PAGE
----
Stewart Paterson: Changes to traffic laws should end car driver’s divine right
There are important changes to the Highway Code from today that every road user should be aware of.
They affect everyone, whether you walk, ride a bike, or drive a car or other motor vehicle.
This also applies to horses. I know you don’t have many horses on Dumbarton Road or Duke Street, but when we’re out of town it’s essential that we know the rules.
The changes have been a long time coming and while some people might not agree with them, they make sense.
For years far too many people have thought that because they are in a car they have the right of way and that their right to traffic is more important than anyone else’s.
Over the past two years, changes to some junctions to give more space and a safer space for pedestrians and cyclists across Glasgow, have motorists angrier than ever.
They cause congestion, we are told, when obviously it is too many cars on the road that causes congestion.
No one ever uses the bike lanes, we are told. Although there has been a huge increase in cycling since the start of the pandemic.
Bicycle sales have exploded.
Perhaps the reason some motorists haven’t seen cyclists using the bike lanes is that they didn’t look properly.
Changes to the traffic laws are designed to help solve this problem.
Who has the right of way is clarified in the updated Code.
How many times have you had someone eagerly honk your horn if you dared walk across the street.
The new rules clarify the hierarchy of road users.
It places the “most at risk in the event of a collision at the top of the hierarchy”.
This means that pedestrians come before cyclists and motorcyclists. Cyclists and motorcyclists above motorists.
A brief summary of the changes is that when people are crossing or waiting to cross at a junction, other vehicles must yield.
If people have started to cross and traffic wants to turn onto the road, the people crossing have the right of way and the traffic must yield.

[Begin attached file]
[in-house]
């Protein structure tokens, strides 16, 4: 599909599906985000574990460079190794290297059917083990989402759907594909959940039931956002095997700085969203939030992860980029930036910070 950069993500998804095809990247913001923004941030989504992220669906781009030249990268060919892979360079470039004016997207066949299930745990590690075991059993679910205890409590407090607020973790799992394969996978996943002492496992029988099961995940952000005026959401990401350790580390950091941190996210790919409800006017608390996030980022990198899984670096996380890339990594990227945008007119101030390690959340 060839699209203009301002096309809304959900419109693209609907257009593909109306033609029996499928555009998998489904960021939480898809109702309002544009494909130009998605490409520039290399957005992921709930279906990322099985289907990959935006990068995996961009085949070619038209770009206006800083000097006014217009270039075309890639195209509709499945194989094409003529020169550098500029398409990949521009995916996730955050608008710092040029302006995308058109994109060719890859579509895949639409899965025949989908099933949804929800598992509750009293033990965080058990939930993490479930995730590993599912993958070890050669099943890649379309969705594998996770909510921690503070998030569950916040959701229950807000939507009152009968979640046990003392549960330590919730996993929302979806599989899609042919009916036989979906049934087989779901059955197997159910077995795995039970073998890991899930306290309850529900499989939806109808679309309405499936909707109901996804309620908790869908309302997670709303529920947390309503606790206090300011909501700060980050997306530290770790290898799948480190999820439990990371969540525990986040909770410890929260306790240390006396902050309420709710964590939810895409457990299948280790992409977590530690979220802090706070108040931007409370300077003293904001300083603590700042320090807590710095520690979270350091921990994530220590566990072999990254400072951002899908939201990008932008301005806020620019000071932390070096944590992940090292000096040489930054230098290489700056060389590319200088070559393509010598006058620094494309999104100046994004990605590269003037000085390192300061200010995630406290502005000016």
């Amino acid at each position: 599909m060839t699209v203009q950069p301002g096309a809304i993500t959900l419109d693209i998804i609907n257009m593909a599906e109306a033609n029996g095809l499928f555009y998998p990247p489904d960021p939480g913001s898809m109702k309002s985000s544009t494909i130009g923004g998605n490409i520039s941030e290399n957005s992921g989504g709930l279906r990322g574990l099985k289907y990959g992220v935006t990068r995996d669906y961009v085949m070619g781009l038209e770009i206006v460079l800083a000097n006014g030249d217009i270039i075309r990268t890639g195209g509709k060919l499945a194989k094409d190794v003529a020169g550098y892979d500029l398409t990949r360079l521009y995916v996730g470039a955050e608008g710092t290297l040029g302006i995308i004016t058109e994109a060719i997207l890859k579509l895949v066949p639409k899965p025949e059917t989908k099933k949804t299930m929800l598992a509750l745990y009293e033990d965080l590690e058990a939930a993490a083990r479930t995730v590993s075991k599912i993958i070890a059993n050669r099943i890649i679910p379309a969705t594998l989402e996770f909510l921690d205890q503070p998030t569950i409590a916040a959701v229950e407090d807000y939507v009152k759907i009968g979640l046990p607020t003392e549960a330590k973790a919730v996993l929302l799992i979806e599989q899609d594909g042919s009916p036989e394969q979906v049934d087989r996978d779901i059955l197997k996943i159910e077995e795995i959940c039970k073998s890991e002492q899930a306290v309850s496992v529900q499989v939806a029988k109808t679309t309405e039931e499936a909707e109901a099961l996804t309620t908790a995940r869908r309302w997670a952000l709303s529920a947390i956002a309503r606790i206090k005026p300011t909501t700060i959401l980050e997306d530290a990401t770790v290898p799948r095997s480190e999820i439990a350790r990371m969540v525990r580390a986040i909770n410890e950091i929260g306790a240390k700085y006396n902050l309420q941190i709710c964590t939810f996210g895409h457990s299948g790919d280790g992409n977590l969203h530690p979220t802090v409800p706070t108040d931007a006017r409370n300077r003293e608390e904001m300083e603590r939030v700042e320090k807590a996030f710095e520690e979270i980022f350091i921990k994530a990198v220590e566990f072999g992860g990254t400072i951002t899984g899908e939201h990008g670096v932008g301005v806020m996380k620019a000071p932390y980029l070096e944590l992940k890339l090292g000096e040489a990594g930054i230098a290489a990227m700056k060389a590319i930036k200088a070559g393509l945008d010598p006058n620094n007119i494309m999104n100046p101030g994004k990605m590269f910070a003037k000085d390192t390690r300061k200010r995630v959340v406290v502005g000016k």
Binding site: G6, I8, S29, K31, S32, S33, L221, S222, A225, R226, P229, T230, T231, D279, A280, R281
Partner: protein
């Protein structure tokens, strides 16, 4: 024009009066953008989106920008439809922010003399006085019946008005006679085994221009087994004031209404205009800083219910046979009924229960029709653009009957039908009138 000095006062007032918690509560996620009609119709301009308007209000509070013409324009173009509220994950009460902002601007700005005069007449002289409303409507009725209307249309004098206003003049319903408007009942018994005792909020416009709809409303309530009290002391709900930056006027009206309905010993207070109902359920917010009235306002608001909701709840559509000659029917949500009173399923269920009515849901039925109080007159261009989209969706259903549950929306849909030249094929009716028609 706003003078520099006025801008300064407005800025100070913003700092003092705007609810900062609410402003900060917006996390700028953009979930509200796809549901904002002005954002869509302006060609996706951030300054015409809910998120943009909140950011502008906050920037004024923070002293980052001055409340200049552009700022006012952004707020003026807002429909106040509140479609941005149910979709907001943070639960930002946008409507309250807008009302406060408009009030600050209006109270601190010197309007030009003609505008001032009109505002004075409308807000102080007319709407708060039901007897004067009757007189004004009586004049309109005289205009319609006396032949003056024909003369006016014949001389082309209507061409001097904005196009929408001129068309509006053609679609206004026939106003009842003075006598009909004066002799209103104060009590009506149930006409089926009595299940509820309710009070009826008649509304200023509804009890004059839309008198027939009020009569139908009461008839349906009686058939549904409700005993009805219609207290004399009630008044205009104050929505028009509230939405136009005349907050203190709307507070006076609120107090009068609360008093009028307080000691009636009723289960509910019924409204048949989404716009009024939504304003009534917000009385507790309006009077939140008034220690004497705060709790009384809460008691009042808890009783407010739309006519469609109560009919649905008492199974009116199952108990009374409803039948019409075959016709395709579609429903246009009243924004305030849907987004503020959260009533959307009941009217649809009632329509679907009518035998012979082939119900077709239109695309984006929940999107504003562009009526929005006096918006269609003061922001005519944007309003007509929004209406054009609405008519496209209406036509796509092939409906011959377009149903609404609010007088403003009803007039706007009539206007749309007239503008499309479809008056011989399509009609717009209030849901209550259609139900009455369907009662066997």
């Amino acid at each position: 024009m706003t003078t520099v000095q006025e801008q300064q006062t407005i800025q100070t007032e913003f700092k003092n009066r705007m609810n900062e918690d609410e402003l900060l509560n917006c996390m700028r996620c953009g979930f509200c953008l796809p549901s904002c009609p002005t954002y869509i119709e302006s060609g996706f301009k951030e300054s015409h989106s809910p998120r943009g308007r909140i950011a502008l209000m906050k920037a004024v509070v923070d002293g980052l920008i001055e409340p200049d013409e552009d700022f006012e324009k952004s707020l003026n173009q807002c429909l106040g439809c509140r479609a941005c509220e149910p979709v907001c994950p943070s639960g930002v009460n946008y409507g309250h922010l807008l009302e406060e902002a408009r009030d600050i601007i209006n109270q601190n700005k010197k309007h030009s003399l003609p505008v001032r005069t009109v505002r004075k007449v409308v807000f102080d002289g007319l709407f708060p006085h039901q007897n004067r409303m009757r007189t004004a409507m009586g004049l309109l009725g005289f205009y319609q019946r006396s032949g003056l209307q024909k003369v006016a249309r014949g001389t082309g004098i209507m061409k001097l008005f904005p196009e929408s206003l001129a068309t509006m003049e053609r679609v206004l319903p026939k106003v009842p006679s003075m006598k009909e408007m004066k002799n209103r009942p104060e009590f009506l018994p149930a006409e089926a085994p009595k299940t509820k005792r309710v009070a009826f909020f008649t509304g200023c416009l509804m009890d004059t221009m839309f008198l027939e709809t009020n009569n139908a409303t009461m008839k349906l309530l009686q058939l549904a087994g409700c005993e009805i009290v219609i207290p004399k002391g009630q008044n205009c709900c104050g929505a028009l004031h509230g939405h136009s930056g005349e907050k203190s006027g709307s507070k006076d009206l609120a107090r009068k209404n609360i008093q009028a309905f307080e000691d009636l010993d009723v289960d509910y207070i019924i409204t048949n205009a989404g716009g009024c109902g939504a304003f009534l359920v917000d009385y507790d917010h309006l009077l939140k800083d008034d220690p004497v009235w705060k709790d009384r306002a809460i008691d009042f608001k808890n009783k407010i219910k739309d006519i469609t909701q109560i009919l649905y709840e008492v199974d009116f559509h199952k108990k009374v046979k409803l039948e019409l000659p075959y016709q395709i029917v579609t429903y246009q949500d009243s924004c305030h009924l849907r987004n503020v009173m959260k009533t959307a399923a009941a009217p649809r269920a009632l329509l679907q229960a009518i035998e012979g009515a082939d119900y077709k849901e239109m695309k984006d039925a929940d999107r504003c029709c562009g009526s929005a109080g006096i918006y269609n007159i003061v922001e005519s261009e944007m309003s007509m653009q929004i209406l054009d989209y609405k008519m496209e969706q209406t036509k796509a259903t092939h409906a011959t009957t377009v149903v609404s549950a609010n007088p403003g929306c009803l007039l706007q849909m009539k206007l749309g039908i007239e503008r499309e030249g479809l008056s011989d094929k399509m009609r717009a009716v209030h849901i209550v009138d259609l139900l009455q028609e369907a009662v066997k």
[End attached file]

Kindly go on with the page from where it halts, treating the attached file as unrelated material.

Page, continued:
This means no more honking at pedestrians and yelling at them to ‘move’ or sarcastically telling them to ‘take your time, mate’.
Other changes affect cyclists and have already angered some people.
Cyclists should ride in the center of the lane on quiet roads, and in town where there are parked cars, they should adopt a position that keeps them far enough apart if a car door is open.
Cyclists are told to stay out of the gate area.
This means no more angry beeps if you get “stuck” behind a cyclist on a main road that isn’t right on the side where there are parked cars.
There are changes regarding roundabouts and intersections.
There are also tips for drivers when opening the doors on a busy road to do what is called a ‘Dutch Reach’. This means opening the door with your left hand to force yourself to look behind you to see if a bicycle or motorbike is coming next.
It’s not just about drivers changing their behavior. Many cyclists also need to up their game when it comes to considering others.
There are many shared paths for walking and cycling, some are pavement, others are completely off the road, such as the canal paths and the Clyde footbridge.
In these cyclists must respect the safety of people walking and not endanger them.
That means if you want to speed up like Mark Cavendish or Bradley Wiggins, then find somewhere else to do it. Shared paths are not race tracks.
On the road, cyclists can ride two abreast but must safely move in single file to allow motor vehicles to overtake.
I’m sure the new rules, while they’re understood, are going to lead to a lot of arguments, angry fists and people yelling at each other like they’re MPs in the House of Commons arguing about Boris Jonson, Birthday Parties and Cake.
It will also undoubtedly amplify calls from cyclists to pay for something that does not exist, namely the mythical “Road Tax” accompanied by the requirement of insurance.
Spoiler: cyclists and pedestrians pay as much tax for road maintenance as motorists.
Rather, the vehicle excise duty means that it is based on emissions and that bicycles produce no emissions and are therefore exempt.
In addition, many have insurance, the same as motorists, covering civil liability, it is simply not mandatory.
It is not mandatory because, in almost all cases, when a cyclist has an accident, it is not his fault.
So now that we’ve agreed that we all pay for the roads no matter how we choose to travel. (we all agree, don’t we?) so we must respect everyone’s right of use and follow the rules of the road
Whatever means of transport we use to get around, whether it’s a van, car, motorbike, bicycle, pony or Shanks’ pony, we should all do one thing as soon as possible.
Please read the Highway Code. Read it and understand it.